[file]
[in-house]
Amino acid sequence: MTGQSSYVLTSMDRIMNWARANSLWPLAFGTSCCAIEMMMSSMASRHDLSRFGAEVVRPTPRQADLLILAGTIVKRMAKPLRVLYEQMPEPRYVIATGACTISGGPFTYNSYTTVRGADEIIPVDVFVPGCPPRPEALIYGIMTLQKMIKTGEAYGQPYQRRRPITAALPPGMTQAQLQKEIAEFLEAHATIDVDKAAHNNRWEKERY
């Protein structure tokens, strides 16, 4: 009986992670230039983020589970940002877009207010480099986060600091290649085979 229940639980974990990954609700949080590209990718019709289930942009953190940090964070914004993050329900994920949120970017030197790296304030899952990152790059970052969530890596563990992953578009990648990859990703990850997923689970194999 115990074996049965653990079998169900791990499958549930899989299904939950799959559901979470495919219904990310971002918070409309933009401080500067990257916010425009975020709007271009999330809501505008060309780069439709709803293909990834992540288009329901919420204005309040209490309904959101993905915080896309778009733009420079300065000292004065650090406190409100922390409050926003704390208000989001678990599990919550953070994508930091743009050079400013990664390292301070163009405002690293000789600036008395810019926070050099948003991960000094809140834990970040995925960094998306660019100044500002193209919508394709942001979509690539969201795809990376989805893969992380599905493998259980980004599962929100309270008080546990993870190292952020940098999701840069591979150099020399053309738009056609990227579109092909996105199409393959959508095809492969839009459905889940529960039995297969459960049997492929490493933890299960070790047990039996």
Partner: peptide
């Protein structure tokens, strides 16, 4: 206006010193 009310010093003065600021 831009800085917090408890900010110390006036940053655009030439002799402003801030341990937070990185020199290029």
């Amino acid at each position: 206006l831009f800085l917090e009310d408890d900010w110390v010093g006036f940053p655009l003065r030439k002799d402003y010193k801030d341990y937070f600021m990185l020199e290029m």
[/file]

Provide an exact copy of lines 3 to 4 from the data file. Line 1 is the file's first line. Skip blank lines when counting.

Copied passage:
């Protein structure tokens, strides 16, 4: 009986992670230039983020589970940002877009207010480099986060600091290649085979 229940639980974990990954609700949080590209990718019709289930942009953190940090964070914004993050329900994920949120970017030197790296304030899952990152790059970052969530890596563990992953578009990648990859990703990850997923689970194999 115990074996049965653990079998169900791990499958549930899989299904939950799959559901979470495919219904990310971002918070409309933009401080500067990257916010425009975020709007271009999330809501505008060309780069439709709803293909990834992540288009329901919420204005309040209490309904959101993905915080896309778009733009420079300065000292004065650090406190409100922390409050926003704390208000989001678990599990919550953070994508930091743009050079400013990664390292301070163009405002690293000789600036008395810019926070050099948003991960000094809140834990970040995925960094998306660019100044500002193209919508394709942001979509690539969201795809990376989805893969992380599905493998259980980004599962929100309270008080546990993870190292952020940098999701840069591979150099020399053309738009056609990227579109092909996105199409393959959508095809492969839009459905889940529960039995297969459960049997492929490493933890299960070790047990039996």
Partner: peptide